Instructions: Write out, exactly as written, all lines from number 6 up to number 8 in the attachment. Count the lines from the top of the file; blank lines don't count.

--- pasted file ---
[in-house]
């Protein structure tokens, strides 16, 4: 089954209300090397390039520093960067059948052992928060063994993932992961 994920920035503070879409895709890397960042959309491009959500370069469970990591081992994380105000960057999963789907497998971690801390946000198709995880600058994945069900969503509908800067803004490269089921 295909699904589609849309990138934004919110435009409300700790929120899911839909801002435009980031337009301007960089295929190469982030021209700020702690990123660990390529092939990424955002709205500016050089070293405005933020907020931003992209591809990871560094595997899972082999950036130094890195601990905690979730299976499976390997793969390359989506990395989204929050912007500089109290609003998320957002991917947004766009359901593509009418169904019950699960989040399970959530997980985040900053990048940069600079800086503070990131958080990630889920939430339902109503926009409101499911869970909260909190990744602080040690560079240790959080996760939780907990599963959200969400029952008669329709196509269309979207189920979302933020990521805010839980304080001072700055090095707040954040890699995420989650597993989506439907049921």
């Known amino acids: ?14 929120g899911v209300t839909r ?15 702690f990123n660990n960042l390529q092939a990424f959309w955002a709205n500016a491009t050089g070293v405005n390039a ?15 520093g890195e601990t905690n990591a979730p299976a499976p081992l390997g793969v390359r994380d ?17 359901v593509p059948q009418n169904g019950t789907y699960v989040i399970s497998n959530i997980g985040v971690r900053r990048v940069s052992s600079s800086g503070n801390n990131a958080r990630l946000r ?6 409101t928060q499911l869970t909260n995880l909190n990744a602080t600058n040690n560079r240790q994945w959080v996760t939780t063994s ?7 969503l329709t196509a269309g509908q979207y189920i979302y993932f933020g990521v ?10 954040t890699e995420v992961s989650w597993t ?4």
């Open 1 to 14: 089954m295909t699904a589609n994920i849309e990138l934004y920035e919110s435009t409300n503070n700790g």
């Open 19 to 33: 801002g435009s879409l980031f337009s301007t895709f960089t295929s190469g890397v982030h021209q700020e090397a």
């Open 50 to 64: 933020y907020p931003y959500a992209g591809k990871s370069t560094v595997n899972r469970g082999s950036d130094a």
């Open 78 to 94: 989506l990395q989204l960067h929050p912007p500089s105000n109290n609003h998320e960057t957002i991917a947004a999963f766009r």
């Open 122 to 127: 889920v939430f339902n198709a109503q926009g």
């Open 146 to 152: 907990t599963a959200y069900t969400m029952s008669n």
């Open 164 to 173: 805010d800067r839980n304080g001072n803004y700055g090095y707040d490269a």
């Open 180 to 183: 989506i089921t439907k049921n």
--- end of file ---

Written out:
């Open 50 to 64: 933020y907020p931003y959500a992209g591809k990871s370069t560094v595997n899972r469970g082999s950036d130094a």
């Open 78 to 94: 989506l990395q989204l960067h929050p912007p500089s105000n109290n609003h998320e960057t957002i991917a947004a999963f766009r």
């Open 122 to 127: 889920v939430f339902n198709a109503q926009g």